Name: Andre Pagliarini, CLACS Affiliated graduate student
Hometown: Campinas, São Paulo (Brazil)/Bethesda, MD
Concentration: Modern Latin American History
What got you into researching populism in Brazil?
I am especially interested in the politics of development and social inequality in twentieth-century Brazil. Populism as a political vocabulary is central to that history. Thus, even though historians in recent years have called into question whether populism itself is a useful category of analysis—does it implicitly rob workers of agency? does it imbue so-called populist politicians with a sense of power that did not actually exist?—I believe there is still something salient about what historians have traditionally called populism.
Could you expand a bit more on your research and what you have found?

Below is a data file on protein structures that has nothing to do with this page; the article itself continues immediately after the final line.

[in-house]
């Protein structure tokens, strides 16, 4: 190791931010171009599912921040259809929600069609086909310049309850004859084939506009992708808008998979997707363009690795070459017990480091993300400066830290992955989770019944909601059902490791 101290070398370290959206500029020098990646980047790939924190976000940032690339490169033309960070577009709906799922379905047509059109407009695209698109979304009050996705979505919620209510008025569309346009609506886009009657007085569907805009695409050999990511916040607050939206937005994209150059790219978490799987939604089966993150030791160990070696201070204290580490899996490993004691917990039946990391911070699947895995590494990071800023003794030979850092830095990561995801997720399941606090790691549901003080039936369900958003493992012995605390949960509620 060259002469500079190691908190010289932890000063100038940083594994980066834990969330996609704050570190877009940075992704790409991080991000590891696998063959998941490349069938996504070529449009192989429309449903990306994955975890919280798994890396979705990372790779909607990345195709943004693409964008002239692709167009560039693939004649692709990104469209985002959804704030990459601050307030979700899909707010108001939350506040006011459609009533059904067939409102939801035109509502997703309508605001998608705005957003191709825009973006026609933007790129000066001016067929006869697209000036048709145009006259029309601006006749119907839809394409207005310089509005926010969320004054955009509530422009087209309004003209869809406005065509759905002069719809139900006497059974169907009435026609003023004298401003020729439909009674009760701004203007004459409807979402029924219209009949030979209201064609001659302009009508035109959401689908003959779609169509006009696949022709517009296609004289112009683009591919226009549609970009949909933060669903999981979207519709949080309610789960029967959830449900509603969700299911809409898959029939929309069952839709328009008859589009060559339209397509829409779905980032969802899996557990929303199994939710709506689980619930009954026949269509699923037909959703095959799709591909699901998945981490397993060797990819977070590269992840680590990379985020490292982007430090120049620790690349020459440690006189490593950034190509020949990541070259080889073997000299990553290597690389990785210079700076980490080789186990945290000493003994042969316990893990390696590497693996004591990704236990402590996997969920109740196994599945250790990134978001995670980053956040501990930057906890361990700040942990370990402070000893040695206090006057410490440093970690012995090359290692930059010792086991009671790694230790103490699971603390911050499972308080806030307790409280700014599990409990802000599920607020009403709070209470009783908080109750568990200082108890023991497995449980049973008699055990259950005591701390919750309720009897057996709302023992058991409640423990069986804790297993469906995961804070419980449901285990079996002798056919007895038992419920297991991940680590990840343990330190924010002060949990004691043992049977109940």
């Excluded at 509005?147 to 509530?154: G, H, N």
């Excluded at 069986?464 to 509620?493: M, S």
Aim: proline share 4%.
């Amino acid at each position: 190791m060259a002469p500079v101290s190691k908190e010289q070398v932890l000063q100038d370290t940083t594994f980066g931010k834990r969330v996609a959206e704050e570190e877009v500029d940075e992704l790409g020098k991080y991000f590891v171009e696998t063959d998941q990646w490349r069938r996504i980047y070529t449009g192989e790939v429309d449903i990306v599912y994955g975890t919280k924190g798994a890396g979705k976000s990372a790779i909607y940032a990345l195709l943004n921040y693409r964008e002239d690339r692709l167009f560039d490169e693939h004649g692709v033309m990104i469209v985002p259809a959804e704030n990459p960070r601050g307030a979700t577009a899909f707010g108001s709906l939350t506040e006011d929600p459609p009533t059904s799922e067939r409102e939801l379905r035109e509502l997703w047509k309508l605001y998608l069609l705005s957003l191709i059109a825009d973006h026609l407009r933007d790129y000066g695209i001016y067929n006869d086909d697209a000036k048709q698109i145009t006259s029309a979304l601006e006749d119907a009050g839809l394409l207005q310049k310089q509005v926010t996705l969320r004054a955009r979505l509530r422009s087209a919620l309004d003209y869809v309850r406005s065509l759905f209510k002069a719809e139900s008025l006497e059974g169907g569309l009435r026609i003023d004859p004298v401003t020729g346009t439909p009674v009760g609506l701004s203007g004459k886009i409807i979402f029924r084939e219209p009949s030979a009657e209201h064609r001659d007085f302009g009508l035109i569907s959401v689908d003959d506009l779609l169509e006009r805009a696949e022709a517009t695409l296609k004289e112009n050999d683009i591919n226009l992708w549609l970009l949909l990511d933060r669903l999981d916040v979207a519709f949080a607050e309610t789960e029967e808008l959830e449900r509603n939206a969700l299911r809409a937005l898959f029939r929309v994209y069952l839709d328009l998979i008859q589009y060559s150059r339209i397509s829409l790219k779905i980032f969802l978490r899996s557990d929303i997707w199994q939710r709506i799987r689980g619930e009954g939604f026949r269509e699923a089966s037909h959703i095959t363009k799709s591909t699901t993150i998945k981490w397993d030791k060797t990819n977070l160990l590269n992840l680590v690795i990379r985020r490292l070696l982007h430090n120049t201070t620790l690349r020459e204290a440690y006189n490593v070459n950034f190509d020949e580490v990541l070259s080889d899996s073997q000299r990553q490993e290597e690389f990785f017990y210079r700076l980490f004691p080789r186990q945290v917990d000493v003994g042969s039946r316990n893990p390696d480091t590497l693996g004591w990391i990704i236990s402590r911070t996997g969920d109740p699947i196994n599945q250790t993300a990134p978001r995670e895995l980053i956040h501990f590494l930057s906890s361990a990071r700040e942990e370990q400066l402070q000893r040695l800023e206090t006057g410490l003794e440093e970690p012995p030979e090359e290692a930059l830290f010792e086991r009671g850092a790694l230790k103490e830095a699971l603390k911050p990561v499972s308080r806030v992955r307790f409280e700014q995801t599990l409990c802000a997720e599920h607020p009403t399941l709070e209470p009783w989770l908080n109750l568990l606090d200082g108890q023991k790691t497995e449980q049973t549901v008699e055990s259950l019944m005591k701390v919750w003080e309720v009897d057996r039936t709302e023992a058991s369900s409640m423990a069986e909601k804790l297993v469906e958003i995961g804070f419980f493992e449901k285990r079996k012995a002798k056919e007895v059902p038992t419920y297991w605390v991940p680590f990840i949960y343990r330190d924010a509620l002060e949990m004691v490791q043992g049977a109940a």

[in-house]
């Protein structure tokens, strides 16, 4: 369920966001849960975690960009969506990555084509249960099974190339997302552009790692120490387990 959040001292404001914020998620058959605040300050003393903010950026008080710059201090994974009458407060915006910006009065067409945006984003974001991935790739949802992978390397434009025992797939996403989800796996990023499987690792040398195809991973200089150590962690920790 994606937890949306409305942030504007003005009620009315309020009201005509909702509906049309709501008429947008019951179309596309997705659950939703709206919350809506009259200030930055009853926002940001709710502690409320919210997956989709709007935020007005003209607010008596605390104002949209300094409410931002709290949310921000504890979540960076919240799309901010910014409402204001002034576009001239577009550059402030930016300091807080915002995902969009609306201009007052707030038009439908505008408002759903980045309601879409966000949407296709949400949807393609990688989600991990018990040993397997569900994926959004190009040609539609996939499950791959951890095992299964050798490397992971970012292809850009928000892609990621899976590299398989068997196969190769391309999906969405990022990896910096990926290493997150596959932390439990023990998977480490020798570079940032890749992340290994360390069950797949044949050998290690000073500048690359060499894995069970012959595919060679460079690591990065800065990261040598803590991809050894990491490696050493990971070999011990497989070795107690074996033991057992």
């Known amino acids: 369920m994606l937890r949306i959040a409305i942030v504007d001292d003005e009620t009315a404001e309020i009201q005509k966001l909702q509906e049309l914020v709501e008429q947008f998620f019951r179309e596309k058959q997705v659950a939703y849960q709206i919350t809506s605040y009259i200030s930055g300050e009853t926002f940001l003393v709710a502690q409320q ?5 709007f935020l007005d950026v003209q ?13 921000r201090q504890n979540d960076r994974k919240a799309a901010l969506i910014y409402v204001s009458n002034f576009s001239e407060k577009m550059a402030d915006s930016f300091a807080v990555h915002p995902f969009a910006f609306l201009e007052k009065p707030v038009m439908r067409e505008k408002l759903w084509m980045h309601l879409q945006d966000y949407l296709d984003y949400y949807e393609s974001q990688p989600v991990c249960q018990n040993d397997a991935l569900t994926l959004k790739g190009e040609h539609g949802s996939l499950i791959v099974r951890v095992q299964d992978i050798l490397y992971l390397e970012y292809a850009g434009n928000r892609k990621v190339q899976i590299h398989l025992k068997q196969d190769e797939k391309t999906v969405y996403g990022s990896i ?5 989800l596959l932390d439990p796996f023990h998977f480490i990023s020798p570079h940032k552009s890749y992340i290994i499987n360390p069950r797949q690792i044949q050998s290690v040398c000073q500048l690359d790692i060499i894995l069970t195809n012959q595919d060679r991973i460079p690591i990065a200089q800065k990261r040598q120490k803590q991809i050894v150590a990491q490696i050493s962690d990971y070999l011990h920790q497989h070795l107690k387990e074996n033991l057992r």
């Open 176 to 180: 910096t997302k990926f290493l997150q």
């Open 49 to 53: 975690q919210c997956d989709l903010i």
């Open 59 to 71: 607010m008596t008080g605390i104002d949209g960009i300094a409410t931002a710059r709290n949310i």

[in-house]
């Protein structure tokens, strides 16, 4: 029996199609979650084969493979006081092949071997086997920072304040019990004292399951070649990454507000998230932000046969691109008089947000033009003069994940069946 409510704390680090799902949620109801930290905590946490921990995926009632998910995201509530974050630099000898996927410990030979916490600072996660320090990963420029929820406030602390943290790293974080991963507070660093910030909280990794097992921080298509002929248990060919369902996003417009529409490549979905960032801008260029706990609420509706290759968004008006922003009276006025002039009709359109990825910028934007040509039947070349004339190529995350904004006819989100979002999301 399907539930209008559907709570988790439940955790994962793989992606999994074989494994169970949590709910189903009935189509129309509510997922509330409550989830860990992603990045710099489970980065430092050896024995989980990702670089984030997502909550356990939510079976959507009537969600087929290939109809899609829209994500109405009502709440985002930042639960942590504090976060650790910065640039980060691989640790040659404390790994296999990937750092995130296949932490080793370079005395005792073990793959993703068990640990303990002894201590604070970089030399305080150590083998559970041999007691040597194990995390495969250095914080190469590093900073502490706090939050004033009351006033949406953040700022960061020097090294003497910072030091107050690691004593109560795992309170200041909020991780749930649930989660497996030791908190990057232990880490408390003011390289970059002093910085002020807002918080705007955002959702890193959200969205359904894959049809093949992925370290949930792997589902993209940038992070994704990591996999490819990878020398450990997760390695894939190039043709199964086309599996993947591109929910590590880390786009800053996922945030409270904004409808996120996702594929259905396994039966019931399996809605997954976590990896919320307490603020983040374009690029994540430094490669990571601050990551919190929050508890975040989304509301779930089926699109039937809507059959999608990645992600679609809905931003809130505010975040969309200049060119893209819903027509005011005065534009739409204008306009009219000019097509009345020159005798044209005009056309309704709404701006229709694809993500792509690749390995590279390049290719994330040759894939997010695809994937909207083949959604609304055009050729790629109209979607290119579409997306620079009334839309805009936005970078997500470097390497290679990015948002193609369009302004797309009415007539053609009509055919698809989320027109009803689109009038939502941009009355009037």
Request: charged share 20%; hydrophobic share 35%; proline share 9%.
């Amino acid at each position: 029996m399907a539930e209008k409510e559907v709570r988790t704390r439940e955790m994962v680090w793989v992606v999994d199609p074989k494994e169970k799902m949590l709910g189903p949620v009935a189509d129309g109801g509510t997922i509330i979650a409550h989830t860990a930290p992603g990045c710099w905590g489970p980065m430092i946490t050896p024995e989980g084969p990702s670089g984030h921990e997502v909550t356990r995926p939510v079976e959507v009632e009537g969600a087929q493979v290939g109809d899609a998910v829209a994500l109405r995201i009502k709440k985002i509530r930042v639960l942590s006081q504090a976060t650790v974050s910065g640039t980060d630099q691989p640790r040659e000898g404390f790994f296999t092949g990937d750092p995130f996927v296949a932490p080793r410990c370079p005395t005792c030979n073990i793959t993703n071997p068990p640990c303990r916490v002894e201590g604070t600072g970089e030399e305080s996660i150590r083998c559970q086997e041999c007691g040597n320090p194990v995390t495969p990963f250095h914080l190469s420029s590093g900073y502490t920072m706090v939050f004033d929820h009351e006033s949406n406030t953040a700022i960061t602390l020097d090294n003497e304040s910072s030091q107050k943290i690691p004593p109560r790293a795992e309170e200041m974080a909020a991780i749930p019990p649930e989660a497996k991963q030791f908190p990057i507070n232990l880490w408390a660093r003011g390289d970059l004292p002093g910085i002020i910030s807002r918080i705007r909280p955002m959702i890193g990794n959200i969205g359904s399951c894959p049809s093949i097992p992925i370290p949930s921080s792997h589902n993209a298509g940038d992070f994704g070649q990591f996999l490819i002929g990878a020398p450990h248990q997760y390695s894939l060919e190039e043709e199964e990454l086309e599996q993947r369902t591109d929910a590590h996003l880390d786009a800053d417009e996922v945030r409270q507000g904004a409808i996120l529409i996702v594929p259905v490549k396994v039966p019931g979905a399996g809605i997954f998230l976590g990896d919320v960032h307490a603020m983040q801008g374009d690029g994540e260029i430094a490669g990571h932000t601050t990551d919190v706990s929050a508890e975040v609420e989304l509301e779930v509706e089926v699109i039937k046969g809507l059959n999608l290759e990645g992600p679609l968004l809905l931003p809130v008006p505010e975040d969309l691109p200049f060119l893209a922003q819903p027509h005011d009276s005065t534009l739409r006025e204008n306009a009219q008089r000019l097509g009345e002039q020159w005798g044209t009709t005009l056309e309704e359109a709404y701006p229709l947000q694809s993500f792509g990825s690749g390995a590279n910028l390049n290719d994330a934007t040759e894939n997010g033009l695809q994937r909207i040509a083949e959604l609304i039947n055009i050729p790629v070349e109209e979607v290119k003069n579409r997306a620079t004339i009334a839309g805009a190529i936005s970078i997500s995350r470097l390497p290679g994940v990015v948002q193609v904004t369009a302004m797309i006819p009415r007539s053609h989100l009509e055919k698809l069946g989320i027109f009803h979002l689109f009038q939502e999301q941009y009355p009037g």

I will formally begin my field research in the winter of 2015. As of now, I am guided very generally by the goal of writing a social history of economic policy. In other words, I want to explore the ways in which state policies on issues of development and economy impacted the lives of real people and also the ways in which these policies were debated and presented in the media and through official channels.
Where do you think your research will go from here?
As I begin in earnest the process of archival research, I am excited to see how my project will evolve in the months to come.